It had been feared damage to the box might have damaged or destroyed some or all of the data. But the National Transportation Safety Board said the flight-data recorder contained 25 hours of tape, registering air speed, altitude, throttle settings and engine performance. Such details will be added to radar data collected to try to establish the cause of the disaster, in which 217 people died.
The search continued off Massachusetts for the second box, the cockpit voice recorder. The NTSB said it was asking EgyptAir pilots who knew the pilots killed in the crash to interpret the tapes. While exchanges with air-traffic control would be in English, conversation in the cockpit was likely to be in Arabic. They also wanted people, if possible, with personal experience of working with the crew.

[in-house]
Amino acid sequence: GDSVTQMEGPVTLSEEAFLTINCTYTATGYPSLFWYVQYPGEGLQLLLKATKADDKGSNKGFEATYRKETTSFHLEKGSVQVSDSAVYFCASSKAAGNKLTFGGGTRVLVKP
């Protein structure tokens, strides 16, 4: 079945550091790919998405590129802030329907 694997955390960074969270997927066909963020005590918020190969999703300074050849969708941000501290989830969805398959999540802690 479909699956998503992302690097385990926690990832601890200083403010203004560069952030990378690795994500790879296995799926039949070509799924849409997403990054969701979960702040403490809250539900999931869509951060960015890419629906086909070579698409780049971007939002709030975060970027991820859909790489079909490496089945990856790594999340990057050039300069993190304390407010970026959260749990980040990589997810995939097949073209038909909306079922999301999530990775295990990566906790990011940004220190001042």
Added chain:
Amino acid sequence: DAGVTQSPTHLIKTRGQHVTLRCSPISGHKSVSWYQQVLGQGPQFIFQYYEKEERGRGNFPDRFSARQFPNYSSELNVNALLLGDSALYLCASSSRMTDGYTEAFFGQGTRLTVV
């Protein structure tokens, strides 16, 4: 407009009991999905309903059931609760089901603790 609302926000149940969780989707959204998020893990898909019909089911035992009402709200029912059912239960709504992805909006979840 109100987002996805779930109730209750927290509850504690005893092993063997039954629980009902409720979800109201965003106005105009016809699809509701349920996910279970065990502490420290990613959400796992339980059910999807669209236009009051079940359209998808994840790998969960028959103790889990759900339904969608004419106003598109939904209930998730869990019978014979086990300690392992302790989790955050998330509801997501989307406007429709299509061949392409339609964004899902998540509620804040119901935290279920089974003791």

The cockpit recorder was crucial to establishing the likely cause of the 1991 Air Lauda crash in Thailand, the only other disaster involving a Boeing 767, which was traced to faulty deployment of a reverse- thrust mechanism. EgyptAir said the reverser on one of the 767's engines had been deactivated before its last flight.
Since the crash Boeing has issued two more warnings on other components. It delayed the release of several new planes and called for checks on others because of a non-regulation adhesive and this week called for checks on tail bolts found to have worked loose on some planes.
EgyptAir Flight 990 was 30 minutes into a flight from New York to Cairo when it plunged into the Atlantic.